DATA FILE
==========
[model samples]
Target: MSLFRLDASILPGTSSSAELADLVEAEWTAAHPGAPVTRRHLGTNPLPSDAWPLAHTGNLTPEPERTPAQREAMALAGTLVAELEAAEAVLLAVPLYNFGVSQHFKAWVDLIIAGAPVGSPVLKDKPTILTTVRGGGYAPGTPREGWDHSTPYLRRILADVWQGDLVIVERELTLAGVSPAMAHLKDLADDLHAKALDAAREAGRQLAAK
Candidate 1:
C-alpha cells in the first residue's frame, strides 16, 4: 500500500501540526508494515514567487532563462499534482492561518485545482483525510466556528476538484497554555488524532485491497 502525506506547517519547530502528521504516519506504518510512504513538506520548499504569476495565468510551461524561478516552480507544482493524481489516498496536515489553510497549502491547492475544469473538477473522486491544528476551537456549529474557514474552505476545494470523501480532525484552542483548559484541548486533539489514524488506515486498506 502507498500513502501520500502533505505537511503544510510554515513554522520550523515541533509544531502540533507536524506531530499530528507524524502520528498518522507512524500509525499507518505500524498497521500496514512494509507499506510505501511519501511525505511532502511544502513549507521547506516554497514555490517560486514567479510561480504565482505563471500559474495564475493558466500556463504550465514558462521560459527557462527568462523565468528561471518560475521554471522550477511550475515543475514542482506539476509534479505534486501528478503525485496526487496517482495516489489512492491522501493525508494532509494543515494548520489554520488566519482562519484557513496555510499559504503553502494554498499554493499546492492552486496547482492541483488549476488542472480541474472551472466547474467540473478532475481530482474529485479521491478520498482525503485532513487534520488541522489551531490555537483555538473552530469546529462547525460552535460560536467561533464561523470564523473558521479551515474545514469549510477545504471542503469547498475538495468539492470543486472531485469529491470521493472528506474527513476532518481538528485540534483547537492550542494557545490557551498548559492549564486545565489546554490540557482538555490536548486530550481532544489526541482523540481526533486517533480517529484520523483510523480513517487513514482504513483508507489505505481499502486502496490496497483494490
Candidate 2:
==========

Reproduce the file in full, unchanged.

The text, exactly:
[model samples]
Target: MSLFRLDASILPGTSSSAELADLVEAEWTAAHPGAPVTRRHLGTNPLPSDAWPLAHTGNLTPEPERTPAQREAMALAGTLVAELEAAEAVLLAVPLYNFGVSQHFKAWVDLIIAGAPVGSPVLKDKPTILTTVRGGGYAPGTPREGWDHSTPYLRRILADVWQGDLVIVERELTLAGVSPAMAHLKDLADDLHAKALDAAREAGRQLAAK
Candidate 1:
C-alpha cells in the first residue's frame, strides 16, 4: 500500500501540526508494515514567487532563462499534482492561518485545482483525510466556528476538484497554555488524532485491497 502525506506547517519547530502528521504516519506504518510512504513538506520548499504569476495565468510551461524561478516552480507544482493524481489516498496536515489553510497549502491547492475544469473538477473522486491544528476551537456549529474557514474552505476545494470523501480532525484552542483548559484541548486533539489514524488506515486498506 502507498500513502501520500502533505505537511503544510510554515513554522520550523515541533509544531502540533507536524506531530499530528507524524502520528498518522507512524500509525499507518505500524498497521500496514512494509507499506510505501511519501511525505511532502511544502513549507521547506516554497514555490517560486514567479510561480504565482505563471500559474495564475493558466500556463504550465514558462521560459527557462527568462523565468528561471518560475521554471522550477511550475515543475514542482506539476509534479505534486501528478503525485496526487496517482495516489489512492491522501493525508494532509494543515494548520489554520488566519482562519484557513496555510499559504503553502494554498499554493499546492492552486496547482492541483488549476488542472480541474472551472466547474467540473478532475481530482474529485479521491478520498482525503485532513487534520488541522489551531490555537483555538473552530469546529462547525460552535460560536467561533464561523470564523473558521479551515474545514469549510477545504471542503469547498475538495468539492470543486472531485469529491470521493472528506474527513476532518481538528485540534483547537492550542494557545490557551498548559492549564486545565489546554490540557482538555490536548486530550481532544489526541482523540481526533486517533480517529484520523483510523480513517487513514482504513483508507489505505481499502486502496490496497483494490
Candidate 2: